Posted by ramblinginthecity
With the election fever on in Gujarat and the hugely pro-Modi mood in the state, from what little I have heard from family and acquaintance living an visiting the state, an editorial that questions the Gujarat growth model certainly gets attention! Atul Sood’s piece in The Hindu today points out that the state’s growth path is exclusionary. He argues that compared to other states with similar growth rates- Maharashtra, Haryana, Tamil Nadu, Gujarat has not done well in the traditional indicators for development. Employment has remained stagnant, including manufacturing employment. The manufacturing sector is also showing a slow growth of wages (less than the other three States) and increasing use of contract workers. Sood points out that “the worsening condition of workers in the manufacturing sector is accompanied by increasing profitability and growing investment in the sector.” Both rural and urban per capital monthly consumption expenditure in Gujarat has grown at lower rates these past five years than before that and is also lower than the other three States.
The author, who is one of ten independent researchers who have been published in a recent study ‘Poverty Amidst Prosperity: Essays on the Trajectory of Development in Gujarat’ cites Gujarat’s experience as a window to really understand the limitations of market-led growth without a policy vision that equally works to mitigate the negative impacts of this development model.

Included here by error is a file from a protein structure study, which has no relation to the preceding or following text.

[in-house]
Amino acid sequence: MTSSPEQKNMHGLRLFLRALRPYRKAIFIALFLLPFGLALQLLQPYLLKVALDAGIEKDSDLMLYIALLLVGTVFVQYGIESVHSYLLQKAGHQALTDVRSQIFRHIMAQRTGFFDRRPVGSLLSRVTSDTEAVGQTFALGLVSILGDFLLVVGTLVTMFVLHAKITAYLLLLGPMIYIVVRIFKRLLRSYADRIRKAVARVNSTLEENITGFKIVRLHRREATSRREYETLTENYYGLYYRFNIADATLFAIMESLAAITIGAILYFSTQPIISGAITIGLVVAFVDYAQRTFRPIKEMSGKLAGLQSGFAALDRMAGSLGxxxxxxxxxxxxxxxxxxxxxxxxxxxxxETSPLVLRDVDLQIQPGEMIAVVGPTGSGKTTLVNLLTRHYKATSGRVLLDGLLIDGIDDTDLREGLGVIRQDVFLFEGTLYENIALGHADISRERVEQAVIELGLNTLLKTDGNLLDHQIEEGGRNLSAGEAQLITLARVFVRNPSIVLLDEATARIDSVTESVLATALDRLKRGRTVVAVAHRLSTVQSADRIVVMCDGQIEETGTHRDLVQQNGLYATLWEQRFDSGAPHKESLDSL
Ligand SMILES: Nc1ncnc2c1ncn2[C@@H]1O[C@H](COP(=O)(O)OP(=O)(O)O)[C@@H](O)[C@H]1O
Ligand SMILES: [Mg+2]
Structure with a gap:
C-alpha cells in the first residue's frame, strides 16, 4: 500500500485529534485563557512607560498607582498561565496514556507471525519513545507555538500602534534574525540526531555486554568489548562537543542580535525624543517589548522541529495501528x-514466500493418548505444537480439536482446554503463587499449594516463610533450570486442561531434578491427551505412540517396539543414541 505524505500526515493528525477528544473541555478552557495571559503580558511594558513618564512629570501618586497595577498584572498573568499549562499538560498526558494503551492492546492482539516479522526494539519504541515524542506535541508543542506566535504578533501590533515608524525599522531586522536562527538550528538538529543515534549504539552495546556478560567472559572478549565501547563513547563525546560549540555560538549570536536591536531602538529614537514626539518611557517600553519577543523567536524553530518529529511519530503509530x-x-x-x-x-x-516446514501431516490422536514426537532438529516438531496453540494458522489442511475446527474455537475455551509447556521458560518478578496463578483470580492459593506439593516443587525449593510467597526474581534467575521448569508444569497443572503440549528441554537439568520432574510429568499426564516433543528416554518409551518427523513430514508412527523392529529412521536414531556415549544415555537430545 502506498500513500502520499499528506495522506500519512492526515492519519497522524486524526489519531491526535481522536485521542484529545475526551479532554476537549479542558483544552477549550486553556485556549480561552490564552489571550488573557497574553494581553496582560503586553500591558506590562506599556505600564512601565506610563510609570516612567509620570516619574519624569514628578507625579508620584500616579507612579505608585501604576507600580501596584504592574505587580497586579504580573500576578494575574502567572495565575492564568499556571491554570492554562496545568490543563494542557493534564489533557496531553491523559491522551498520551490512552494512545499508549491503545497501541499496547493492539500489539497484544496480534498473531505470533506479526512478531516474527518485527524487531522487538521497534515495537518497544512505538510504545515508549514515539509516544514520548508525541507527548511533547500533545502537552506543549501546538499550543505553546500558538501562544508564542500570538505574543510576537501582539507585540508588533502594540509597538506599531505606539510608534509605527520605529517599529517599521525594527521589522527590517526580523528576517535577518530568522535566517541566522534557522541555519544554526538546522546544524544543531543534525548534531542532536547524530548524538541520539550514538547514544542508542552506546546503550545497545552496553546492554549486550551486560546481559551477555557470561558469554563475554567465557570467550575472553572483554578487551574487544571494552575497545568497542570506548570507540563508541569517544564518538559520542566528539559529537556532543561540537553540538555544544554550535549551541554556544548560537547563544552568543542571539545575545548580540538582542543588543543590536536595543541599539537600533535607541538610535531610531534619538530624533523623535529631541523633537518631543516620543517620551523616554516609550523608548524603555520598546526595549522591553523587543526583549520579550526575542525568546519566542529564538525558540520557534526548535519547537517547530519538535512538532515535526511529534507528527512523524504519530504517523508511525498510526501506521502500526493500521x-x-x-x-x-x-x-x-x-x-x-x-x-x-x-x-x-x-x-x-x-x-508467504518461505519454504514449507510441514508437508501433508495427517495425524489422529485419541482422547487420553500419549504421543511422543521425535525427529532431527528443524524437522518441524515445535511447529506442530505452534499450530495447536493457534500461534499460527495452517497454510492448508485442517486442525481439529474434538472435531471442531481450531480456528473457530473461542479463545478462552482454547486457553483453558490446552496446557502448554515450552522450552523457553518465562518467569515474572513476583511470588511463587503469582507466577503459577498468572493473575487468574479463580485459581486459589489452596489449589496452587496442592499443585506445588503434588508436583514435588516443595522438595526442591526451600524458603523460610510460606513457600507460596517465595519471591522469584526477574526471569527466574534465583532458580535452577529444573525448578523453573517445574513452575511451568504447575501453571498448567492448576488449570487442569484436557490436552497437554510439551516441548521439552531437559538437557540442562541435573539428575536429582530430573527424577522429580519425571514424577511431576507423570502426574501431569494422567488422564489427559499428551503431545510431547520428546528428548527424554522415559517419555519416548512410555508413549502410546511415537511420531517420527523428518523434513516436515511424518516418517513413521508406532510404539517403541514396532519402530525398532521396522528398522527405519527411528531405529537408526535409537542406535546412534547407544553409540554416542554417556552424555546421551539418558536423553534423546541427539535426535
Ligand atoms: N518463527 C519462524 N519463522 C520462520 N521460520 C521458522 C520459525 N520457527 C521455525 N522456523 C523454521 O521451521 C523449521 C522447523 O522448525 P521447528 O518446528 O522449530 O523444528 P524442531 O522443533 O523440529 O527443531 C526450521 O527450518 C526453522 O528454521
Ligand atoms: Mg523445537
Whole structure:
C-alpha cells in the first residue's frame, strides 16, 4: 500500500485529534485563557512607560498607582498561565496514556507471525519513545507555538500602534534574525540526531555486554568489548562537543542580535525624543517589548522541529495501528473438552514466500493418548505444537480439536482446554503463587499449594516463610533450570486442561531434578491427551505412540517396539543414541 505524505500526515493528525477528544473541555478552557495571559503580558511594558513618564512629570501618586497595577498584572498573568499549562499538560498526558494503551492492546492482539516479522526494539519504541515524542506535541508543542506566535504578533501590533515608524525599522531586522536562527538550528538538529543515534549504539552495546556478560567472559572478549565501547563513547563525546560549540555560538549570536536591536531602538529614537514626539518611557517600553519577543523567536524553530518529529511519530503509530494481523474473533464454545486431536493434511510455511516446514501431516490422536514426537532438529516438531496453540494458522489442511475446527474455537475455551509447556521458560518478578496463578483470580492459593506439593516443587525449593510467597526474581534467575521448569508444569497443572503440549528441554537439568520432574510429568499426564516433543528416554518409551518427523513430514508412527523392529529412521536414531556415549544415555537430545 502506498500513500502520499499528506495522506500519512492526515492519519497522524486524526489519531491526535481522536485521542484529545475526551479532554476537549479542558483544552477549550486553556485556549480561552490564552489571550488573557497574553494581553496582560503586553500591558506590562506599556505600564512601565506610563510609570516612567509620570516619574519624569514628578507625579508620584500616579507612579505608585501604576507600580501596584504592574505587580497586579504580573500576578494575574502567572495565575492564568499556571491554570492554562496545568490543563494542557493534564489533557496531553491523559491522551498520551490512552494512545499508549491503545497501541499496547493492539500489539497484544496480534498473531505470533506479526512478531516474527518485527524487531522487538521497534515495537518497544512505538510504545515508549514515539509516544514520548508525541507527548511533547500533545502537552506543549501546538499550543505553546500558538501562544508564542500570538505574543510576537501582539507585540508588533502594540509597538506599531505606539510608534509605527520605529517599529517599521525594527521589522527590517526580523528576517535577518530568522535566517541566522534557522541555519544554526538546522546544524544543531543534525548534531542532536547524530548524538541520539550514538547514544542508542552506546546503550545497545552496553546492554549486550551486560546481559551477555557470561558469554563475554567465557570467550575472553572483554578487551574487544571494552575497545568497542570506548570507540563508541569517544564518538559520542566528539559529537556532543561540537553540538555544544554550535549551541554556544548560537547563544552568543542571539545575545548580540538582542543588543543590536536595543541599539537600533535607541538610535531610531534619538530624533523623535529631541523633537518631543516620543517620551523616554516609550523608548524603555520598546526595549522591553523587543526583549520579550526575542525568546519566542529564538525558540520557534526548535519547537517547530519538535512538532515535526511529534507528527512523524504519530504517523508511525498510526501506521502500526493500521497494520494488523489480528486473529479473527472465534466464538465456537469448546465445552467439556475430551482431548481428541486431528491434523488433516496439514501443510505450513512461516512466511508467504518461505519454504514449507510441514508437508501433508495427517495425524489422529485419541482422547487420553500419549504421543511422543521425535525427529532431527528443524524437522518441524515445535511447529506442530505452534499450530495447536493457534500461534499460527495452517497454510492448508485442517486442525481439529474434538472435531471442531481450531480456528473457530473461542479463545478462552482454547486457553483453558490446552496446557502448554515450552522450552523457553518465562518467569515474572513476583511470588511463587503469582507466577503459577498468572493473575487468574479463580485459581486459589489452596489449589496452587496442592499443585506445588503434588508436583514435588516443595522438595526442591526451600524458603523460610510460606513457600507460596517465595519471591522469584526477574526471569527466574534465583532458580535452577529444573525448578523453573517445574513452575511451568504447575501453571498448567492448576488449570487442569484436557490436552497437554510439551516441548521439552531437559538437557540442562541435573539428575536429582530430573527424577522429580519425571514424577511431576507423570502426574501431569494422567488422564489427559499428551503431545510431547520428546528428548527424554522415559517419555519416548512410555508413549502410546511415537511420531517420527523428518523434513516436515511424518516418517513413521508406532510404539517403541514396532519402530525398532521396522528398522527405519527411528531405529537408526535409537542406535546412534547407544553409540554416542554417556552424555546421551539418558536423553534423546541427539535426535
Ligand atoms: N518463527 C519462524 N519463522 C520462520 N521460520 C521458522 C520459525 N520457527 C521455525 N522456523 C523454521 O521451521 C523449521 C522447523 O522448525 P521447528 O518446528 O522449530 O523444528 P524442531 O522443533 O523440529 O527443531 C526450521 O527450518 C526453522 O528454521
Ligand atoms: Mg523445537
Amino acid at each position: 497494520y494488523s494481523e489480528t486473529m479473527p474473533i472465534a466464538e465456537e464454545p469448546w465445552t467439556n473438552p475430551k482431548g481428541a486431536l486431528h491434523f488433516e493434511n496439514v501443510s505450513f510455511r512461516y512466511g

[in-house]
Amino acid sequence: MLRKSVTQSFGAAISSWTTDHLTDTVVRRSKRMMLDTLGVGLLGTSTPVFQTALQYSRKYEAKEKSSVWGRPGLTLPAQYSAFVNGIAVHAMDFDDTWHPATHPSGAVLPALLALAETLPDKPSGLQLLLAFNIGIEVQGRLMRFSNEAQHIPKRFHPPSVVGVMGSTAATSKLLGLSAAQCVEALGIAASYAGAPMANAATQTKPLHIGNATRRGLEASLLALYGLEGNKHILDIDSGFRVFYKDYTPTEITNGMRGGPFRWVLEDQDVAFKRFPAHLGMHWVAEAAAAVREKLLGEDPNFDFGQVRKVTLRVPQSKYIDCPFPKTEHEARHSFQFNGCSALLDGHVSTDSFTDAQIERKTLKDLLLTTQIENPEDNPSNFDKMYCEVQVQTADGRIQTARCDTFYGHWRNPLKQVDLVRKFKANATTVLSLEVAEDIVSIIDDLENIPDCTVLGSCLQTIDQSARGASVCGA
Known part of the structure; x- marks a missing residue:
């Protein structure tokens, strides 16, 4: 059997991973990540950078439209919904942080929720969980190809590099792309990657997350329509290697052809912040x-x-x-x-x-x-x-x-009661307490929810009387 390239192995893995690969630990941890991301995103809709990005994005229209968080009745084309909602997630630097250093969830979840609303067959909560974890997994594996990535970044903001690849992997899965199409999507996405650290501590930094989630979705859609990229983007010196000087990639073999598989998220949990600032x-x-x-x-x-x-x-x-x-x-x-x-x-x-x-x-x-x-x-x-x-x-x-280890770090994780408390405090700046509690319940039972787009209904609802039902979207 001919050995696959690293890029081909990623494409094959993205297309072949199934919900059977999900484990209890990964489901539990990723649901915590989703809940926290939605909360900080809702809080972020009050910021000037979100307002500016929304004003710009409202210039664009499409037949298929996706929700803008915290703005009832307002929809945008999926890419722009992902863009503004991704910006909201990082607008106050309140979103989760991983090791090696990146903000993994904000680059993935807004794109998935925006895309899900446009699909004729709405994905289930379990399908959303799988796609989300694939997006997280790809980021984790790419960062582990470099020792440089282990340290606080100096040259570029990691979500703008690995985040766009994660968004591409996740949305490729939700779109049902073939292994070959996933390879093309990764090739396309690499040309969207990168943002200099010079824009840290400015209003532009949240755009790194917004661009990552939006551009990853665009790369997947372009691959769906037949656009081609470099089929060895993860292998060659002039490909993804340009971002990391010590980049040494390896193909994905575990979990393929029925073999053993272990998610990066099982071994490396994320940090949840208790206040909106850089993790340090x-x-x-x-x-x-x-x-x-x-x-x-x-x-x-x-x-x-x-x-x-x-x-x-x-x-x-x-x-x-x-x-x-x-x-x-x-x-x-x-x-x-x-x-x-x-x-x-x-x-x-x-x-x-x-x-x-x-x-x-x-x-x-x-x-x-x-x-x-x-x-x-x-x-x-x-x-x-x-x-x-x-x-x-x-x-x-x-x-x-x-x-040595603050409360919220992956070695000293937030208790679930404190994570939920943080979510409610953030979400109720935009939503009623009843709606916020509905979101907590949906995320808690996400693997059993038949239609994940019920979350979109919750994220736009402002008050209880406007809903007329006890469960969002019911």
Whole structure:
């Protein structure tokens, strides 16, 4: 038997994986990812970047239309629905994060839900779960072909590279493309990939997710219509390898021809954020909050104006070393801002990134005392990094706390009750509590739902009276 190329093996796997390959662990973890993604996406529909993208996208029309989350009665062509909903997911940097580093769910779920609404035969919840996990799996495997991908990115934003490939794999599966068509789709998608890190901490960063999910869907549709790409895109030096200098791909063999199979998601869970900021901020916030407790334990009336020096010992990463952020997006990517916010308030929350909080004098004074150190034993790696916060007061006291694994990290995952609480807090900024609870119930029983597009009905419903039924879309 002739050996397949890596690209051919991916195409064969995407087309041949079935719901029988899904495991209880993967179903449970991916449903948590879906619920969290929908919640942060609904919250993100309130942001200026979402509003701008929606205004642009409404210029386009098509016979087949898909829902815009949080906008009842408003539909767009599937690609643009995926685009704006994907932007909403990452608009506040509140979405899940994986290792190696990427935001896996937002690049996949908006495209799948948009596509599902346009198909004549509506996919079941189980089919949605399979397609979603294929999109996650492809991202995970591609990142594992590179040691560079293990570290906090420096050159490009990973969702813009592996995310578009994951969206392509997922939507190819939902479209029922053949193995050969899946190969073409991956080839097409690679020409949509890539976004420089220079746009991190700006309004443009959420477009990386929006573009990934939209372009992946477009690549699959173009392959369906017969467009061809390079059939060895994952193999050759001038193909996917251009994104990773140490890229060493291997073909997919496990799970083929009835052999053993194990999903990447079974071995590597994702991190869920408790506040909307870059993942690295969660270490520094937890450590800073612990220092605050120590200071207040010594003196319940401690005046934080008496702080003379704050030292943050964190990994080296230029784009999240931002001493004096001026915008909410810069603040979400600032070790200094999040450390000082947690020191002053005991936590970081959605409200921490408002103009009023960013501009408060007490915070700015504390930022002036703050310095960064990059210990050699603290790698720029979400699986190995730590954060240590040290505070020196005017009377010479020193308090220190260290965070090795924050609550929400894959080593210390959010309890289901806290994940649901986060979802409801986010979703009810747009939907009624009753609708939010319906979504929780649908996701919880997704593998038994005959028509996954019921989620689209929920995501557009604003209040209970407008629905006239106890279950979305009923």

For those of us who work in the development sector, or are aware of the issues associated with it, this is an essential dilemma. How will the trickle-down effect happen? Or the trickle-up for that matter, for those who believe the demand will be led by Bottom of the Pyramid customers, who would need a certain amount of disposable income and a fairly stable quality of life to actually spend, right?
How do you reconcile situations where enormous economic growth is concurrent with rising levels of incoe disparity, and we see this in other developing economies as well. For instance, Brazil is 85% urbanized, has a hugely social emphasis on city planning and governance but has a Gini coeffieicent of 0.54 in 2009, where 1 indicates absolute inequality. That is considered fairly unpalatable and there is a fair amount of literature on how Brazil’s tax system in pro-rich, how the urban-rural divide is too stark and certainly there is now considerable focus on improving this figure.
As per economists Laveesh Bhandari and Suryakant Yadav, the urban Gini coefficient in India went from 0.35 in 2005 to 0.65 today (taken from Pratap Bhanu Mehta’s article on ‘How India Stumbled-Can New Delhi get its groove back?’ in Foreign Affairs, July/August 2012). Now this is really worrying, to me. And I tend to agree that we really need to look beyond purely pro-market moves to a more balanced vision of growth, even if it means bringing GDP down a few notches but actually ensuring a slightly more equitable distribution of that wealth.
I know that is a very socialist view and not appreciated by many (esp in the bourgeois wealth-driven mindset that we currently inhabit), but we must not forget that India was established, as per our Constitution as a “sovereign, socialist, secular, democratic Republic.” Along with compromising on democracy (ref: FB arrests and the PIL filed by Shreya Singhal against Section 66A), and of course now and then questioning whether secular is really how we feel about ourselves, we are also moving away from our socialist intent as a people. I agree with many experts, who believe that India is at that place where it can choose its development path, and we can actually opt for a more inclusive, longer term vision of growth. Unfortunately, the political compulsions do not allow for that sort of decision making. And it falls on civil society, NGOs and other sorts of practitioners in the development space to find innovative ways to include the poor into the process of growth; and to constantly clamor for better policy, better implementation, better political will!